- The bargaining power of buyers (customers rarely consciously act as a bloc, but they do have power of choice and are sensitive to pricing and the perceived benefits bundle offered by competitors)
- The bargaining power of suppliers (if the potential number of suppliers is small, they have more power; if they have very unique products or (especially) tools they supply, the cost of switching can be high)
- The threat of new entrants (among other things, this is determined by the barriers to entry - financial, technological, labour, etc.)
- The threat of substitute offerings (these are not products or services that compete head-to-head with you; instead, they are other choices a customer might make - water or juice instead of cola, for example)
By assessing the five forces at the outset and as your gusiness grows, you are able to keep ahead of changes in your competitive landscape.
This matrix, developed by General Electric and the large American consulting firm McKinsey, is a good way of evaluating whether you should take advantage of a particular business opportunity. It requires you to evaluate the opportunity in terms of its general attractiveness by rating it "high", "medium" or "low" on two axes -" industry attractiveness" and "competitive strength":
- Industry attractiveness considers market factors (size, growth potential, profit potential, etc.) along with competitive factors (barriers to entry, number of industry participants, product life-cycle stage, innovation, etc.)
- Competitive strength looks at your company's resources (financial, human, production, etc.) and ability to use those resources to succeed
An opportunity with a growing, profitable market in which you are well-positioned to take a leadership position would be rated "high" and one you would want to take advantage of, while one with a mature product, high barriers to entry, little or no opportunity to innovate, and a stable or decreasing market would be "low" and one you would avoid. "Medium"? You would want to do more research and/or more thinking before arriving at a decision.
Read more about this at McKinsey.
This analytical tool, developed by the Boston Consulting Group (BCG), another large US consulting firm, can be used to help you evaluate the relative strengths of your products or product lines. In this matrix, products/product lines are broken into 4 categories:
- Cash cows - products with dependable revenues, good profit margins, and solid market share (among other desirable qualities). They may not be glamourous, but they are the bedrock on which your business is built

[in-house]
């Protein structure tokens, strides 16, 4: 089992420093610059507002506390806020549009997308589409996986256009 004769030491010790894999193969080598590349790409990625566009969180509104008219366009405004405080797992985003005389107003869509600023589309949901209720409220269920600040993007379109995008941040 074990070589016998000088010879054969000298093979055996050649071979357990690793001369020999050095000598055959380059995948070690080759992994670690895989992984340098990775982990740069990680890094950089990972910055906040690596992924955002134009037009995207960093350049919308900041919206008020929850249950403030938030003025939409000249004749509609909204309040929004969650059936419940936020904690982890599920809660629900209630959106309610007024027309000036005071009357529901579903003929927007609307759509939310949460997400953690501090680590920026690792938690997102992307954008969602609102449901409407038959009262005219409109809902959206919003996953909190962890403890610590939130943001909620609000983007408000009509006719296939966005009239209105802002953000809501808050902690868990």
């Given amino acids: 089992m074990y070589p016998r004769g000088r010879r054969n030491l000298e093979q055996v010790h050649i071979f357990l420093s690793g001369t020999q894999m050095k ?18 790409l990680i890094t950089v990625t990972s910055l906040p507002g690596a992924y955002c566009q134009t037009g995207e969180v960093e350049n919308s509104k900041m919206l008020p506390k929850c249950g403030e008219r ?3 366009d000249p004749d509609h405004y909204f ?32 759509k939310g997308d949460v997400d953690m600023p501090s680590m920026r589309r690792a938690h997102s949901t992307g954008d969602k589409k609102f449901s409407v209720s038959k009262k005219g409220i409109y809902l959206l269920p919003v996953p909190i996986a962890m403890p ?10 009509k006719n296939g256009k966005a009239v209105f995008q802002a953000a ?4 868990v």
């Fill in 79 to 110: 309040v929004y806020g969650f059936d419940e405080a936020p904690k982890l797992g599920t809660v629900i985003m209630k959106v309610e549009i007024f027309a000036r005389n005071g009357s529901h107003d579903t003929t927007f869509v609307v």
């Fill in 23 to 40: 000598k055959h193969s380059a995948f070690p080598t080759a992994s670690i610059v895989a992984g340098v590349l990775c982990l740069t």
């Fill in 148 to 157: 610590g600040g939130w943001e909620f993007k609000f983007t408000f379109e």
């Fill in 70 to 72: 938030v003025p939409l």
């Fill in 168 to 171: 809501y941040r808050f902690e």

- Stars - products that, as the name suggests, have extraordinary profitability and in which you have a solid and growing market share. These, in other words, are exceptional products or product lines with the potential to take your business to new highs
- Question marks - products about which you are unsure. They may have great potential but have not yet shown any positive (or negative) signs of success. At some point, you will need to decide whether you can make them into cash cows or stars, or whether you should cut your losses
- Dogs - products with low profit, low (and possibly decreasing) market share and other undesirable qualities that you may well wish to abandon
In classifying your products/product lines, do not forget to evaluate whether your question marks and dogs contribute or lead to sales of stars or cash cows. You can read about this at BCG's site.
This analysis gives you insight into some components of the other analyses above. They help you define your positioning and competitive advantage. What do you do that your competitors cannot (or will not) easily replicate? Your core competencies may be in the following areas:
- Production/process - what efficiencies have you designed into the making of your products or delivery of your services that your competitors haven't got or aren't using? These may help you provide your products/services less expensively or at a higher quality
- Pricing - this may be related to production/process efficiencies, allowing you to share cost savings with your customer base. While competing on price is not our preferred option, it can give you a leg up in a crowded marketplace
- Human resources - these may be ways of engaging your employees or your overall company culture, or the skill set your employees have
- Marketing/customer service - are you doing something innovative with your marketing? It might be a tactic no one has yet thought of, or it could be an approach that has fallen out of fashion and therefore your competitors wouldn't think of using
Individually or together, your core competencies provide an edge on your competitors and may be your unique selling proposition. More information is available at Bain & Company.